The second annual Be Original Americas Student Design Fellowship is winding down. Have you been following along on their adventures? Get a behind the scenes look at what Tom and Irene been learning via our weekly recaps here.
In their final week, the Fellows visited local NYC showrooms, including Suzanne Tick, Studio Dror, Fritz Hansen and Luceplan. Then, Tom and Irene spent the day with Rich Brilliant Willing to tour both their showroom and studio.
How was visiting showrooms in week 7 different than in week 1?
Irene: Walking into the showroom during week 7, I definitely felt more comfortable and open to ask questions. Before the fellowship, I would visit showrooms but rarely sit in the chairs or look under them for a glance at their constructions. The many showroom visits in New York gave me the opportunity to interact with Marketing Directors, PR & Communications Coordinators, and Managing Directors and learn about their roles within the company. In addition, every visit included both sitting in the chairs, examining fixtures, and exploring collections to learn about each company’s story.
Tom: It was really good to get back to New York and get to visit some more showrooms. Since the beginning of the experience, I feel I have gained a lot of confidence and have been able to deal with an “imposter syndrome” which I definitely felt I had before my experience with Be Original Americas. I have come to realize that people who work in design, even those in showrooms, love design and that given the chance they’ll chew your ear off about their favorite pieces. This confidence has extended to many other areas including talking about the industry as a whole, and it was great to get the chance to speak to some designers (like Suzanne Tick and Dror Benshetrit) in the final week and hear about their professional experiences and their personal development through their careers.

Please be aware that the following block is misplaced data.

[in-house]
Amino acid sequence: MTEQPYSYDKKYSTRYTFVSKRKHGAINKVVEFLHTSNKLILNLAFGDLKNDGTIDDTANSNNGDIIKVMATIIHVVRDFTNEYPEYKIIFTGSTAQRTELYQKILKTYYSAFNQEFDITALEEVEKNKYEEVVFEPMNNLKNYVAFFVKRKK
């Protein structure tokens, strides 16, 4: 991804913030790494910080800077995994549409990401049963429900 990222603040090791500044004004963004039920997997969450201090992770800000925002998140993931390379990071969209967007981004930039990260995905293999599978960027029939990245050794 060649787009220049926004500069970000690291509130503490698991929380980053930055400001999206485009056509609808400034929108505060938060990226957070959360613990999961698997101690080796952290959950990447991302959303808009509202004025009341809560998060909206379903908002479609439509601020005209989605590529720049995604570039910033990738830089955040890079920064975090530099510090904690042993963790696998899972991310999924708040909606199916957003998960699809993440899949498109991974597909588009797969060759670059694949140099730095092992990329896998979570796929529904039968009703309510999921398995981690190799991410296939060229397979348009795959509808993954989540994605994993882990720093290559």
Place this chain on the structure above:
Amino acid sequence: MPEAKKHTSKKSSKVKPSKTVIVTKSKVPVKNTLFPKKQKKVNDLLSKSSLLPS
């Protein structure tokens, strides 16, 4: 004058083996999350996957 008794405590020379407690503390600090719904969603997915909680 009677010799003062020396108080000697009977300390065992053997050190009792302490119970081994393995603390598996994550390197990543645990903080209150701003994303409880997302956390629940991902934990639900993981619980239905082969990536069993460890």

What did you take away about the creative process from the tour of RBW’s studio?
Irene: There were small scale foam models, 1:1 cardboard models, and 3D printed models lined up along the bench and hanging from the ceiling in RBW’s studio. There were also sketches pinned up to the walls to pair with the models. Everything seemed very hands-on and seeing the prototypes develop into the final product was amazing. Theo’s narratives on the reasons for adjustments in designs, methods in making fasteners invisible to the eye, and preferences in certain materialities were insightful and exciting to hear about. My impression of the studio very much reminded me of my own studio space in school and definitely gave me a push of desire to go back to school and start creating.
Tom: Charles, Alex and Theo were able to impart so much information in such a short time, it was amazing, there were definitely a few key takeaways for me. Always be making: being noticed or getting a chance to “make it” can be based totally on luck, but if it happens you had better have something to show. Get real: if you want to make something, make it practical—design it beautiful but make sure you design it for manufacturing, assembly, installation and use also. Follow your passions, but not blindly: rationalize what you want to do and whether you can afford to do it, if a market is too competitive and not where your strengths are, pivot and adjust.